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Dickson Couple Scammed By Overseas Pet Sellers

Posted at 7:28 PM, Mar 03, 2015
and last updated 2015-09-11 12:17:56-04

NASHVILLE, Tenn. - They've done it again. Scam artists have found another way to steal your money -- and this time, they're tugging at your heartstrings to do it.

The latest overseas scam? Selling pets online, or at least these scam artists claim to be.

It's hard not to fall for a cute puppy, and scam artists know that. But if you know how these guys operate, hopefully, you won't fall victim.

"It was like losing a kid," Thomas Bennett told NewsChannel 5 Investigates.

He was heartbroken when his dog and best friend, Boots, died two weeks ago. The plaster on the dog's memorial paw print had barely dried when Bennett's wife jumped online trying to find him another.

"This is the puppy we picked out," Sabrina Bennett said, pointing to a picture of an English Bulldog puppy on her phone.

She was thrilled when she thought she'd found it, and so was Thomas.

"She was going to be the replacement for the dog that I said never would be replaced," Thomas Bennett explained.

But the Dickson couple is now again heartbroken, out $400 and without that new puppy.

“It hurts even more to know that we got took the way we did trying to replace him," Thomas Bennett said.

Sabrina Bennett said the online ad she'd found claimed to have an English Bulldog puppy for sale in Nashville.

She texted back and forth with the seller, who had a Texas phone number and claimed to have just moved from Tennessee to Ohio. He sent pictures of the puppy and then very detailed directions, telling her to go to a nearby grocery store and send him money through what's known as a reload card – by essentially sending cash without any sort of the protection you get from a credit card.

"I'm new to it. I didn't think about it. I should have investigated it more," Sabrina Bennett told NewsChannel 5 Investigates.

She said she didn't notice the emails she got supposedly from the pet shipper were strangely worded, with spelling errors, both tell-tale signs of an overseas scam.

"I think I was just too excited to finally get the opportunity to get the type of dog that my husband wanted," she conceded.

After sending the $400, Bennett was told the puppy would arrive at her front door by Wednesday morning.

The dog never showed up.

Instead, Bennett got an email saying it was too cold now to send the puppy. It told her the dog needed something referred to as an "auto regulatory crate."

The pictures in the email show what looks like just an ordinary dog crate -- but the email claimed it was a special crate that had climate control. It urged Bennett to immediately send $1,000 to buy one of these for the dog.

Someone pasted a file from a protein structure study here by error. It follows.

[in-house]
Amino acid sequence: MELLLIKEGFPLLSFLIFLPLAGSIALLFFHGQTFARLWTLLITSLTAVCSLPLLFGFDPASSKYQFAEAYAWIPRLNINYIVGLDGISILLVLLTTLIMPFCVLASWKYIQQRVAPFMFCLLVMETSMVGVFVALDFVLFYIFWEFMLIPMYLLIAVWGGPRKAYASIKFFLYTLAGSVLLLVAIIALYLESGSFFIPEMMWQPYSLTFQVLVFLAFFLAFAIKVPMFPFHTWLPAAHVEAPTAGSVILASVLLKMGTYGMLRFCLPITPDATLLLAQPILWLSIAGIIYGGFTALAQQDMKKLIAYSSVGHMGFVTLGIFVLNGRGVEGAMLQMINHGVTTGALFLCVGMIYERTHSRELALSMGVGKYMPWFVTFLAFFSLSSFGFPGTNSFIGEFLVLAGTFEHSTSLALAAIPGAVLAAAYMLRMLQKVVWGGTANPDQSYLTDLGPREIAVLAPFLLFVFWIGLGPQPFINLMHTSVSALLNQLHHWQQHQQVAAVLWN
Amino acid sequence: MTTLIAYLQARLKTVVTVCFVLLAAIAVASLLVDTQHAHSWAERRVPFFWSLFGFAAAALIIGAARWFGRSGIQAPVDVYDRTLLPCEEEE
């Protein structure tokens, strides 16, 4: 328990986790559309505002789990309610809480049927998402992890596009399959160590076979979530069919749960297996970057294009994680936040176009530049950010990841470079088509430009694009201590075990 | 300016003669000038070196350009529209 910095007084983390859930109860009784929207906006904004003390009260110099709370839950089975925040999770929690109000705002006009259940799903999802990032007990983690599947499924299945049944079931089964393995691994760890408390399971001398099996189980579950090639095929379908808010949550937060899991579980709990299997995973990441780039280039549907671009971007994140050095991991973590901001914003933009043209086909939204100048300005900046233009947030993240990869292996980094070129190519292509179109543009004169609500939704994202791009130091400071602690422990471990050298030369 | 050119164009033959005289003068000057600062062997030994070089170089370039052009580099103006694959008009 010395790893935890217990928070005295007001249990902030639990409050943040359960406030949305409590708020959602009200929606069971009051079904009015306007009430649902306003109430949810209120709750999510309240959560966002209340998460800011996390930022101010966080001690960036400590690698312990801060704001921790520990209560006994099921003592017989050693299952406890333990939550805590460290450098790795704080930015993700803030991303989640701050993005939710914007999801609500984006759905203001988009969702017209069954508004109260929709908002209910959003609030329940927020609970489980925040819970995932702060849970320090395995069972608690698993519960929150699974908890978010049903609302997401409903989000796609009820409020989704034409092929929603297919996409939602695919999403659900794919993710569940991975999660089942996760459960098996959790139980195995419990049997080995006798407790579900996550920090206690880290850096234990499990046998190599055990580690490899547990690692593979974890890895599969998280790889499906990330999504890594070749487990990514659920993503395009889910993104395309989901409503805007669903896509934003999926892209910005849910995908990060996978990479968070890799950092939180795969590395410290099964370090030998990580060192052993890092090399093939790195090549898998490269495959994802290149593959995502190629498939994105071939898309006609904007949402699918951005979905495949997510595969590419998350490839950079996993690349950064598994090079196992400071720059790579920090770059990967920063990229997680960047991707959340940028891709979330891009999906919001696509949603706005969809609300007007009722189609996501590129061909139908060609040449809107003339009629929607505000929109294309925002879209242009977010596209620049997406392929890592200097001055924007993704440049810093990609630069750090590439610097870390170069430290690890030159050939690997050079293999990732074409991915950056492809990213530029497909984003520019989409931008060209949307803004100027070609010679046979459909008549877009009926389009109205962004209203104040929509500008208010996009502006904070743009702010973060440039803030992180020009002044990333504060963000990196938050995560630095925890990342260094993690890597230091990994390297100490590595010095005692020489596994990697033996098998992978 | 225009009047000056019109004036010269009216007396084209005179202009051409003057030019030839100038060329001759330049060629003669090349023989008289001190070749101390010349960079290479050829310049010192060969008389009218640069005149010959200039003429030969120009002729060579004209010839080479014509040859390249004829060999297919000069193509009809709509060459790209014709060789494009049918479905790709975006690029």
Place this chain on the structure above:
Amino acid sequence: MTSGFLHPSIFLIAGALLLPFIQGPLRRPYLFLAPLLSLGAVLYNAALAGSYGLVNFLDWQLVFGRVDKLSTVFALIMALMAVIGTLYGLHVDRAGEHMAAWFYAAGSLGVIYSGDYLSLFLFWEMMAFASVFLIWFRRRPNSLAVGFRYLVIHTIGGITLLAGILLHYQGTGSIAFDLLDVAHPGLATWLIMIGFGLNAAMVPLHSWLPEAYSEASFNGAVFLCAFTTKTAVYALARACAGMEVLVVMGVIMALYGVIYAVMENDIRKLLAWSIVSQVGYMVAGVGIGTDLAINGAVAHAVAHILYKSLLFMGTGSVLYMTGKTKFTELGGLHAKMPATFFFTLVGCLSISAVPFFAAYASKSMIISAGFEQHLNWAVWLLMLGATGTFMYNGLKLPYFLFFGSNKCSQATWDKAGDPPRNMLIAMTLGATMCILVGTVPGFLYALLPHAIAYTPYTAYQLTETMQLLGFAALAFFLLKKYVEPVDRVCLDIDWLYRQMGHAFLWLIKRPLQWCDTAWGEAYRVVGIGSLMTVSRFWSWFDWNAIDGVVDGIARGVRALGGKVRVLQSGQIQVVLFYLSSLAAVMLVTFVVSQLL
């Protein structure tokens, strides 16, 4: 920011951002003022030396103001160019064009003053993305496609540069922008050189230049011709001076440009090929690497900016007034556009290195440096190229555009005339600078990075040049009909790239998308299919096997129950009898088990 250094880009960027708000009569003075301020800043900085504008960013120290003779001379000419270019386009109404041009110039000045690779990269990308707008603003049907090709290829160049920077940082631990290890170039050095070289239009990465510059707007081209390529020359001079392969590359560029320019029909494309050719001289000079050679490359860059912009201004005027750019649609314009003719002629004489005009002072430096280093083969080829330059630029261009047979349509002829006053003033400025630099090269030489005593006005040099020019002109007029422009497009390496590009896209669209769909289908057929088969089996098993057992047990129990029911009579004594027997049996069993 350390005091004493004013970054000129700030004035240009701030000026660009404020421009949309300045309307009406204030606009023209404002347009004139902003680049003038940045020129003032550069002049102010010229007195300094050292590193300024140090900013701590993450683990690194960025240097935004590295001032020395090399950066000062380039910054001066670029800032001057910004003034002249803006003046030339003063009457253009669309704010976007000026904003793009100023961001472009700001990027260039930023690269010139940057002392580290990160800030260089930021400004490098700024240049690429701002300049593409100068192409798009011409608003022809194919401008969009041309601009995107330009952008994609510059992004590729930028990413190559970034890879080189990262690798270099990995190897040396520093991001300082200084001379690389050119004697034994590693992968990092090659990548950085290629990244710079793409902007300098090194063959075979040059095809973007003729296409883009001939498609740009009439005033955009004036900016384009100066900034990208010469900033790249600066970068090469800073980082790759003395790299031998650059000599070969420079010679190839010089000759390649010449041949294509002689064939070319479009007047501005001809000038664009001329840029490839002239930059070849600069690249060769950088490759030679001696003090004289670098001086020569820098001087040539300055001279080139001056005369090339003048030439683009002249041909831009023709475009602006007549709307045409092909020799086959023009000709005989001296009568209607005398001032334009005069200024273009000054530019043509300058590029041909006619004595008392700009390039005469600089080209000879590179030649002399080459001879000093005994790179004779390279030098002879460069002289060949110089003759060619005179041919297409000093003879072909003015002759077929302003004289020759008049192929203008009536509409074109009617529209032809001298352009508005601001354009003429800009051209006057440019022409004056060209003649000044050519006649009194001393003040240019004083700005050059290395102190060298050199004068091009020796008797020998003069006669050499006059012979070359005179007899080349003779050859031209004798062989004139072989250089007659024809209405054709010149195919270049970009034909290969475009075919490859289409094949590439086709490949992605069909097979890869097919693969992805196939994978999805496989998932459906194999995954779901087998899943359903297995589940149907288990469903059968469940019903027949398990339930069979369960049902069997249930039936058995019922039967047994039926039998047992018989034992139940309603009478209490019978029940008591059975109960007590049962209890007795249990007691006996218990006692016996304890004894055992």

“It's a well-orchestrated, laid out scam targeted to Americans who love their dogs and will pay just about anything to get the pet they want," explained Kathleen Calligan with the Nashville Better Business Bureau.

Calligan said the people running these scams are usually in other countries and part of a network running many different types of scams. The pet for sale scam is just the latest variation, but they all boil down to one thing: getting your money.

And it usually involves sending it instantly through reloadable cards.

"Don't do it. Don't fall for it. This is a scammer's tool," Calligan warned.

Calligan said she's really leery about shopping online because you don't really know who you're dealing with.

In the Bennetts' case, the dog seller claimed to be "Nicky West" in Ohio. But we found a Chris West, Chris Wades, Chris Morgan and a Mr. Chris all using the same phone number and pictures to sell dogs supposedly in cities across the country.

"There are so many great ways to find the pet you want. This is not even in the top zillion ways to do it," Calligan told NewsChannel 5 Investigates.

Sabrina Bennett said when she was asked to buy the crate, she got suspicious and as soon as she started questioning, the seller disappeared just like her money.

"I was sick to my stomach. I let my husband down. I got us into a scam. I didn't think we'd ever get tricked," Bennett said.

She said she's embarrassed by what happened, but she was willing to talk about it because she hopes it'll keep others from falling victim.

The Better Business Bureau said your best bet is to buy only when you can meet the seller face to face and in the case of a dog, when you can actually meet it and find out if it's truly healthy and friendly.